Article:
The draft Regulations to the Broad-Based Black Economic Empowerment (“BEE”) Act, 2003, published on 17 February 2016 contain some alarming new developments which, if they are finalised in their current form, will severely impact on commercial activities and foreign investment in South Africa.

Firstly, the draft Regulations propose that all organs of state must develop a preferential procurement system for awarding tenders and qualification criteria for awarding licences and other authorisations which:

  • use the BEE status levels of level 1 to level 8;
  • give “more consideration” to  entities that are at least 51% black-owned; and
  • ensure that the information is verified by a verification professional.

In addition, an organ of state may apply to the Minister to “exceed” these qualification criteria for the purposes of accelerating transformation.

In practice, what this will achieve will be a complete disregard of the multi-faceted, broad-based elements of BEE in favour of an over-riding criteria being the achievement of 51% or more black ownership.  While currently only entities falling within the EME or QSE categories (i.e. with an annual turnover below R 50 million) are given preferential treatment for being 51% or more black-owned, these Regulations will ensure that entities of all sizes are primarily judged on whether they are 51% black-owned or not.

These BEE Regulations are at odds with the Regulations to the Preferential Procurement Policy Framework Act (“PPPFA”), which set out the procurement policy to be applied by organs of state and major public entities.  Essentially, the PPPFA Regulations state that once a bidder has met the qualification criteria for functionality and local content, its bid must be assessed based on a system that allocates 90% to price and only 10% to its BEE status level.  This is for tenders in excess of R 1 million.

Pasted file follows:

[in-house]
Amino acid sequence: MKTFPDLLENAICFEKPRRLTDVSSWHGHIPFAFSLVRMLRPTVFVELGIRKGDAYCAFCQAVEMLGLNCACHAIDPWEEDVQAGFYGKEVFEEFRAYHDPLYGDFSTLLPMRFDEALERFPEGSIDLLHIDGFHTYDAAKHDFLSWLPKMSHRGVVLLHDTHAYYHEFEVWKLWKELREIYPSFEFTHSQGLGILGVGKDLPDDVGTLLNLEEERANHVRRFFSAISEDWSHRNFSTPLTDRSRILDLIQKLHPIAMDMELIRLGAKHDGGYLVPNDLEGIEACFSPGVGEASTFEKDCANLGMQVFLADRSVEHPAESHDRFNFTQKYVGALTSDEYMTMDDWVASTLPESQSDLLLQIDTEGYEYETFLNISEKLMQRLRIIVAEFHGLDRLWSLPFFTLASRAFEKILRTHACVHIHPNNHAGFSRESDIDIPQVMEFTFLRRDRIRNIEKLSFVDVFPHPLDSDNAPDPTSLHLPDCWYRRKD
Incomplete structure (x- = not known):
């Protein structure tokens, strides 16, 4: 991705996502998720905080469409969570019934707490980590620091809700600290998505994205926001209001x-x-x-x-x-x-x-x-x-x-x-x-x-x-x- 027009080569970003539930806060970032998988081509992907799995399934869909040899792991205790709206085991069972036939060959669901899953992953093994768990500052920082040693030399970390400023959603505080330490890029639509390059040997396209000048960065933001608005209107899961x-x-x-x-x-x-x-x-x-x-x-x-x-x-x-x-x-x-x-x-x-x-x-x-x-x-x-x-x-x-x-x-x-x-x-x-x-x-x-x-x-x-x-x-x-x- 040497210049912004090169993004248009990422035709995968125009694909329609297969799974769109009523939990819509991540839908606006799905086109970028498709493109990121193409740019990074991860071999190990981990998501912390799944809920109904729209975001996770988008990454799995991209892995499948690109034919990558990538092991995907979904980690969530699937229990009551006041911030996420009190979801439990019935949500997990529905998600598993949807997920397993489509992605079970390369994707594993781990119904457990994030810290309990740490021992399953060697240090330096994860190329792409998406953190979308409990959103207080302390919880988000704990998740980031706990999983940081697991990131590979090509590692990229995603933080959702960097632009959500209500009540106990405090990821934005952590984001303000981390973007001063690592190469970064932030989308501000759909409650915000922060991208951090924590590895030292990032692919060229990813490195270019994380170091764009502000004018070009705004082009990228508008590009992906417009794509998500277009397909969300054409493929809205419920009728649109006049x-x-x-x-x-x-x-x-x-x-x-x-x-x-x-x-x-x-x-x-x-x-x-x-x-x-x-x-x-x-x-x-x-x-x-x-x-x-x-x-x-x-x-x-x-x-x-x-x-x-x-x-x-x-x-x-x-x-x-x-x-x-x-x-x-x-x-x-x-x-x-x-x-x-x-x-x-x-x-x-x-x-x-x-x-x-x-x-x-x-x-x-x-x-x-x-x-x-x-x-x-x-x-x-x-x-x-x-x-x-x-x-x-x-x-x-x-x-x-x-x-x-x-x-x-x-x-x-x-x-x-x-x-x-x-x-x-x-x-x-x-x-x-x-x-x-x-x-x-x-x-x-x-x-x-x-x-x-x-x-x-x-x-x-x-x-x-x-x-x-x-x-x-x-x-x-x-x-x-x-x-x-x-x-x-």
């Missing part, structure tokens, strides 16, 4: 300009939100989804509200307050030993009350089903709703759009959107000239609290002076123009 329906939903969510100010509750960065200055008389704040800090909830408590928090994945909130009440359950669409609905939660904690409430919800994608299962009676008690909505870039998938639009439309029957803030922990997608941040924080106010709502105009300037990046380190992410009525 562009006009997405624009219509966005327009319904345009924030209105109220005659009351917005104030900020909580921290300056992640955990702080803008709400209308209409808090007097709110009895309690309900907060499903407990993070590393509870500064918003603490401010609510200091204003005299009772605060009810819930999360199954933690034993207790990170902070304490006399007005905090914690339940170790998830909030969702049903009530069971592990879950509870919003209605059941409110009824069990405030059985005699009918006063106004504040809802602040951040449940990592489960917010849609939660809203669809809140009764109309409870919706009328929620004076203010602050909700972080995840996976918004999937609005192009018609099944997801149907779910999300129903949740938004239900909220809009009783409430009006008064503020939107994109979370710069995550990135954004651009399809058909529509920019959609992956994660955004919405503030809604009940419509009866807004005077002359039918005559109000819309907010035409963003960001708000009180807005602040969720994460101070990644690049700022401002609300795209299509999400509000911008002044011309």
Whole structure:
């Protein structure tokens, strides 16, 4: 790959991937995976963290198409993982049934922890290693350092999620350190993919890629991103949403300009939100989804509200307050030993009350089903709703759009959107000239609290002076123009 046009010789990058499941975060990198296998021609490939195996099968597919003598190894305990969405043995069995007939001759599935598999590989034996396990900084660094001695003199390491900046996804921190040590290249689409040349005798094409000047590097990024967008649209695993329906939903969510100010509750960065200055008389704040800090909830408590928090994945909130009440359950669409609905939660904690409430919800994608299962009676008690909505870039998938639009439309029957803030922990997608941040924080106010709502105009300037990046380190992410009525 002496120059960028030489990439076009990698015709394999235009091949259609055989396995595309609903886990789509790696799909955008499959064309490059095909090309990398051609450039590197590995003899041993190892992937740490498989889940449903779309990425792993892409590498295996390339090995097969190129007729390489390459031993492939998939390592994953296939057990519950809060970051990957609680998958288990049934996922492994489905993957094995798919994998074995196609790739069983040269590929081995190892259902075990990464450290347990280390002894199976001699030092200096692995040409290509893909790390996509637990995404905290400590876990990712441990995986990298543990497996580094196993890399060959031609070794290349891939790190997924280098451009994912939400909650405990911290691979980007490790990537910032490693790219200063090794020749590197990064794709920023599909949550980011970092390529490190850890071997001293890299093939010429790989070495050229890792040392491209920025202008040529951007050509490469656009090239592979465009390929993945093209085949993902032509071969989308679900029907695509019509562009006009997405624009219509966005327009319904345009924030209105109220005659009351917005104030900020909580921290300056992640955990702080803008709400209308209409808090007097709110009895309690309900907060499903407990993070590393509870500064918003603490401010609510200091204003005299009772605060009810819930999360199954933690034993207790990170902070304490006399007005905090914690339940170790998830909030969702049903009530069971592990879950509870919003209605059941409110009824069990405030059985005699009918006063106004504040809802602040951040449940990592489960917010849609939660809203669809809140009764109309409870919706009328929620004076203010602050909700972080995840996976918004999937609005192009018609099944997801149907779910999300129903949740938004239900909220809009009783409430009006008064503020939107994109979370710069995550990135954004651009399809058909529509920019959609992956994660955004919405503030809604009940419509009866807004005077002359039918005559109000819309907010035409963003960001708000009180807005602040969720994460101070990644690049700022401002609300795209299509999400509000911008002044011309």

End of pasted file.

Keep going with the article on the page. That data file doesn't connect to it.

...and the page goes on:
The BEE Regulations do not explain how this conflict is to be resolved.  However, the trumping provision in the BEE Act states that if there is any conflict between the BEE Act and any other law in force immediately prior to the date of commencement of the BEE Amendment Act, the BEE Act will prevail.

Secondly, the BEE regulations will, once finalised, require all “major BEE transactions” (with a threshold still to be determined) to be registered with the newly created BEE Commission.  The Commission will then assess the transaction to determine its “adherence to the BEE Act” and will advise the parties of any concerns and of any “steps required to be taken by the parties to remedy the transaction, failing which the BEE Commission may proceed to initiate an investigation in terms of section 13F(1)(d) of the BEE Act”.

Therefore the transacting parties could be faced with huge uncertainty in the conclusion of any contract with a third party potentially setting contractual terms for them before the deal can be finalised.

It is not clear from the Regulations or the BEE Act what constitutes a "BEE transaction", but presumably this will encompass all transactions involving sales of equity to black persons or black entities, enterprise development transactions and socio-economic development transactions.

Thirdly, the BEE Regulations enhance the BEE reporting obligations of listed companies imposed by the BEE Act and require that listed companies must now submit an annual compliance report to the BEE Commission reflecting its score on the 5 elements of the scorecard and “any other specific element”. The BEE Commission may conduct a “site visit” to verify the information submitted to it.

Fourthly, the BEE Commission has been given wide powers of search and seizure in terms of the Regulations and the BEE Act to investigate any complaint lodged with it regarding an alleged BEE contravention.

Lastly, any person may apply to the BEE Commission to inspect any of the records or reports held by it unless those records or reports are confidential, which is a matter determined by the Commission itself in terms of the BEE Act.

Interested parties have until 16 March 2016 to comment on the draft Regulations.